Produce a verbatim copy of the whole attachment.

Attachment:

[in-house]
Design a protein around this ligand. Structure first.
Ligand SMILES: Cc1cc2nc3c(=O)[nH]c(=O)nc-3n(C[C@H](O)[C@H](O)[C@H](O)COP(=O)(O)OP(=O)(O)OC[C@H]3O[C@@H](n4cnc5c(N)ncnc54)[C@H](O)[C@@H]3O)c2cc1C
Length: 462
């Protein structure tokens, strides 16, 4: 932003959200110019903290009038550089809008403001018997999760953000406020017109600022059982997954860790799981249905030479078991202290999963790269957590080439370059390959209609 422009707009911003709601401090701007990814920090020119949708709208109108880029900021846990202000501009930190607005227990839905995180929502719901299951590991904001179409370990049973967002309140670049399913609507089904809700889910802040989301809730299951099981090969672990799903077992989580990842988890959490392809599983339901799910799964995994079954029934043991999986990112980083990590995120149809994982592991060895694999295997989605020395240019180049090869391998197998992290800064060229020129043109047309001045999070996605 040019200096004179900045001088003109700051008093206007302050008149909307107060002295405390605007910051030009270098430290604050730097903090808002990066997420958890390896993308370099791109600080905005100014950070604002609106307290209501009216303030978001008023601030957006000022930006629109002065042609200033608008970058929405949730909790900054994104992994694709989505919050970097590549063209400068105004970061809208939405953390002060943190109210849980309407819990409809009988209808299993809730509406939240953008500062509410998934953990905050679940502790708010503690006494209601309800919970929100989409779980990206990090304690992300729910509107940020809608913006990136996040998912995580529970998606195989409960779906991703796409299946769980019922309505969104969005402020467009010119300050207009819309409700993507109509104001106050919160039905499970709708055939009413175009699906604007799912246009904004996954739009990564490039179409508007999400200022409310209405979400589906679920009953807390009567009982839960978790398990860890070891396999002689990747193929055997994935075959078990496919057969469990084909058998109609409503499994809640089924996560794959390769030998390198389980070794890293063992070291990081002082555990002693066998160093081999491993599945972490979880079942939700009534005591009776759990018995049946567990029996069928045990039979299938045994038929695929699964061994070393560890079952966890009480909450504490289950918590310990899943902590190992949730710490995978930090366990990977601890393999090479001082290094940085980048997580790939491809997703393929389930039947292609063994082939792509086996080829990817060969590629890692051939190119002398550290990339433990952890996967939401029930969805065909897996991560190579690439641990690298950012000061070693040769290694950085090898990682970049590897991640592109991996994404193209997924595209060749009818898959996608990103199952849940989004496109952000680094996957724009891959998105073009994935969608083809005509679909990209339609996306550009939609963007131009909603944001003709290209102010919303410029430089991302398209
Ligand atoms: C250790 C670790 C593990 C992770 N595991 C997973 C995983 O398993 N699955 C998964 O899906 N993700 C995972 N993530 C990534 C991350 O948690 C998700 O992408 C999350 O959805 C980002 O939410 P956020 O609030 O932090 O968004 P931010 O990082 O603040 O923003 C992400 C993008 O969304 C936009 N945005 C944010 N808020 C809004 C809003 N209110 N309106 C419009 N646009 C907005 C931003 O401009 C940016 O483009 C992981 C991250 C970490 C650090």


[in-house]
Design a protein around this ligand. Structure first.
Ligand SMILES: Cc1cc2nc3c(=O)[nH]c(=O)nc-3n(C[C@H](O)[C@H](O)[C@H](O)COP(=O)(O)OP(=O)(O)OC[C@H]3O[C@@H](n4cnc5c(N)ncnc54)[C@H](O)[C@@H]3O)c2cc1C
Length: 462
């Protein structure tokens, strides 16, 4: 932003959200110019903290009038550089809008403001018997999760953000406020017109600022059982997954860790799981249905030479078991202290999963790269957590080439370059390959209609 422009707009911003709601401090701007990814920090020119949708709208109108880029900021846990202000501009930190607005227990839905995180929502719901299951590991904001179409370990049973967002309140670049399913609507089904809700889910802040989301809730299951099981090969672990799903077992989580990842988890959490392809599983339901799910799964995994079954029934043991999986990112980083990590995120149809994982592991060895694999295997989605020395240019180049090869391998197998992290800064060229020129043109047309001045999070996605 040019200096004179900045001088003109700051008093206007302050008149909307107060002295405390605007910051030009270098430290604050730097903090808002990066997420958890390896993308370099791109600080905005100014950070604002609106307290209501009216303030978001008023601030957006000022930006629109002065042609200033608008970058929405949730909790900054994104992994694709989505919050970097590549063209400068105004970061809208939405953390002060943190109210849980309407819990409809009988209808299993809730509406939240953008500062509410998934953990905050679940502790708010503690006494209601309800919970929100989409779980990206990090304690992300729910509107940020809608913006990136996040998912995580529970998606195989409960779906991703796409299946769980019922309505969104969005402020467009010119300050207009819309409700993507109509104001106050919160039905499970709708055939009413175009699906604007799912246009904004996954739009990564490039179409508007999400200022409310209405979400589906679920009953807390009567009982839960978790398990860890070891396999002689990747193929055997994935075959078990496919057969469990084909058998109609409503499994809640089924996560794959390769030998390198389980070794890293063992070291990081002082555990002693066998160093081999491993599945972490979880079942939700009534005591009776759990018995049946567990029996069928045990039979299938045994038929695929699964061994070393560890079952966890009480909450504490289950918590310990899943902590190992949730710490995978930090366990990977601890393999090479001082290094940085980048997580790939491809997703393929389930039947292609063994082939792509086996080829990817060969590629890692051939190119002398550290990339433990952890996967939401029930969805065909897996991560190579690439641990690298950012000061070693040769290694950085090898990682970049590897991640592109991996994404193209997924595209060749009818898959996608990103199952849940989004496109952000680094996957724009891959998105073009994935969608083809005509679909990209339609996306550009939609963007131009909603944001003709290209102010919303410029430089991302398209
Ligand atoms: C250790 C670790 C593990 C992770 N595991 C997973 C995983 O398993 N699955 C998964 O899906 N993700 C995972 N993530 C990534 C991350 O948690 C998700 O992408 C999350 O959805 C980002 O939410 P956020 O609030 O932090 O968004 P931010 O990082 O603040 O923003 C992400 C993008 O969304 C936009 N945005 C944010 N808020 C809004 C809003 N209110 N309106 C419009 N646009 C907005 C931003 O401009 C940016 O483009 C992981 C991250 C970490 C650090």